Will the antics of Covington pay off? It’s too soon to say. An interim title fight with Rafael dos Anjos is a big opportunity, but if he can’t continue to back up his words, he may have a harder fall than a comparable fighter who didn’t make so many enemies. His shtick is also heavily reliant on an opponent popping up to rally fans against him. Against opponents that fans don’t particularly care for, fans are likely to simply turn away rather than getting invested in his downfall. On the other hand, against a beloved opponent, he could be tremendously effective. He’s pretty much the perfect opponent for Georges St. Pierre from a promotional standpoint.

There’s another pro wrestling concept that has relevance to Covington: go-away heat. Heat in wrestling means the hatred fans have towards a villain. However, sometimes a wrestler will have the wrong type of heat. Fans dislike the villain, not because they want to see him conquered but because they simply want him off of the show entirely. Fans won’t pay to see that antagonist lose and just want that character to go away. It’s entirely possible the reactions Covington gets right now are basically go-away heat and it won’t translate into him ever drawing ratings or pay-per-view buy rates. If that’s the case, Covington might end up wishing he had Sonnen’s propensity to let his likeable characteristics sneak through.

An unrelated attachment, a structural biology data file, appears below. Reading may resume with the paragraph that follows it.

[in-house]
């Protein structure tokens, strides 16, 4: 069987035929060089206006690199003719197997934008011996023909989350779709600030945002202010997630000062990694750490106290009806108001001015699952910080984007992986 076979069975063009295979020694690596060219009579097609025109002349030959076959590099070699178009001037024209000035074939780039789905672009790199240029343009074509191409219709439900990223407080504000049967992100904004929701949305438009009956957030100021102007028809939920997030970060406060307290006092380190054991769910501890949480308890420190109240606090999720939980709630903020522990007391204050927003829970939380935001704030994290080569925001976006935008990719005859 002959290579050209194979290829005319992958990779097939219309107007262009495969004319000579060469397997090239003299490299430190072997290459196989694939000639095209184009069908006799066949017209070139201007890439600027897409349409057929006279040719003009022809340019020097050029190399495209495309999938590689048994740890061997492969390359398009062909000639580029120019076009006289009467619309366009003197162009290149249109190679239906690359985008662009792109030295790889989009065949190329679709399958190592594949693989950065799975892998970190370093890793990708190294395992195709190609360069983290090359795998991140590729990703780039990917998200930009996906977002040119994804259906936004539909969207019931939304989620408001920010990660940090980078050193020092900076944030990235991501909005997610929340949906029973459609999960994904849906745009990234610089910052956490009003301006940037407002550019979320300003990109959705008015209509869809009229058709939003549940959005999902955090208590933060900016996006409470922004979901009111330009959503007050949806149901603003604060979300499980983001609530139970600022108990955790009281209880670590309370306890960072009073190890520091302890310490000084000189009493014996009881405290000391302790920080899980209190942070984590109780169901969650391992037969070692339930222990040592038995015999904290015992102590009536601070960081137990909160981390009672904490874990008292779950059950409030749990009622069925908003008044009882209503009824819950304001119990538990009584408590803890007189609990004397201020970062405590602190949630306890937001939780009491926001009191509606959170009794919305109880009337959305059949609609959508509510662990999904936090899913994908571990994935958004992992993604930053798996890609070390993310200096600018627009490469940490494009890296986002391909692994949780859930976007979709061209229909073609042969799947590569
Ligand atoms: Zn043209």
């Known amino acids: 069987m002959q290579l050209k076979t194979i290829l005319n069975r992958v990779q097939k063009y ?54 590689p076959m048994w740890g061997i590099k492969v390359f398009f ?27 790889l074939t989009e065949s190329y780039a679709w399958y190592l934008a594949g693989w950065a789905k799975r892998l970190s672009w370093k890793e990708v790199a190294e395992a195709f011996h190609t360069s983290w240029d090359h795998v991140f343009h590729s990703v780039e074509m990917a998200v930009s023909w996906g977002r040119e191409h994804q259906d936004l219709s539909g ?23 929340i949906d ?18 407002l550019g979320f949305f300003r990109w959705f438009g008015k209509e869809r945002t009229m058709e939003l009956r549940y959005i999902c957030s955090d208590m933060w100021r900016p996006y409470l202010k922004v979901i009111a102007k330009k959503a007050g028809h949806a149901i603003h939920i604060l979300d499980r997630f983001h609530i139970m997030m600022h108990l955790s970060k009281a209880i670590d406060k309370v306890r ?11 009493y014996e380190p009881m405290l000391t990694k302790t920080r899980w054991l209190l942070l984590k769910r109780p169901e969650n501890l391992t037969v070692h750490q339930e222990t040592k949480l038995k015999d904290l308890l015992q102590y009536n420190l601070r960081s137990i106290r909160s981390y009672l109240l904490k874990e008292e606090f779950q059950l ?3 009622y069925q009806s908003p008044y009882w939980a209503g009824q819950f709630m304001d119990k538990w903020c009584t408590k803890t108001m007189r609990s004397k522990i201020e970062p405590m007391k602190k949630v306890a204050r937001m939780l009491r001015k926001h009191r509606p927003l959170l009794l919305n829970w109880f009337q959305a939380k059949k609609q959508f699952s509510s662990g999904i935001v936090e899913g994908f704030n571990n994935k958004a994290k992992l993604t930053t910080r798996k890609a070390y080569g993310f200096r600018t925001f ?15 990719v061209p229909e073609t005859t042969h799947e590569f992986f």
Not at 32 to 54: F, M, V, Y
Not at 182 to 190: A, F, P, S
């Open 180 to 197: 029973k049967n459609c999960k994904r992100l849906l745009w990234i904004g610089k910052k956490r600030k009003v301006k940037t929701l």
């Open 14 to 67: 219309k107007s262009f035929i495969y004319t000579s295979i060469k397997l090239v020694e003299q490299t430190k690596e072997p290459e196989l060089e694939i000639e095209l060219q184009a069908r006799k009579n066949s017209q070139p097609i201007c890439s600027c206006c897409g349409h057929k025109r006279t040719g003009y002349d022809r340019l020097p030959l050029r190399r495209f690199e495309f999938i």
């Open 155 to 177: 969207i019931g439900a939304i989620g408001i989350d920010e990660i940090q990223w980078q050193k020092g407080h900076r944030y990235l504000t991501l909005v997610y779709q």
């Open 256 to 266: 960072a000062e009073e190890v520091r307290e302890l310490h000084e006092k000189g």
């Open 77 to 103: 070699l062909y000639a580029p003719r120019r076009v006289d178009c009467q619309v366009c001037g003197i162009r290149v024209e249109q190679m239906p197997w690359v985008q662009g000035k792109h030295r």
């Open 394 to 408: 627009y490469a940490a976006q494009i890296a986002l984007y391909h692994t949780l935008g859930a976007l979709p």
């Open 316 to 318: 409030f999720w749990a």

Todd Martin has written about mixed martial arts since 2002 for a variety of outlets, including CBSSports.com, SI.com, ESPN.com, the Los Angeles Times, MMApayout.com, Fight Magazine and Fighting Spirit Magazine. He has appeared on a number of radio stations, including ESPN affiliates in New York and Washington, D.C., and HDNet’s “Inside MMA” television show. In addition to his work at Sherdog.com, he does a weekly podcast with Wade Keller at PWTorch.com and blogs regularly at LaTimes.com. Todd received his BA from Vassar College in 2003 and JD from UCLA School of Law in 2007 and is a licensed attorney. He has covered UFC, Pride, Bellator, Affliction, IFL, WFA, Strikeforce, WEC and K-1 live events. He believes deeply in the power of MMA to heal the world and bring happiness to all of its people.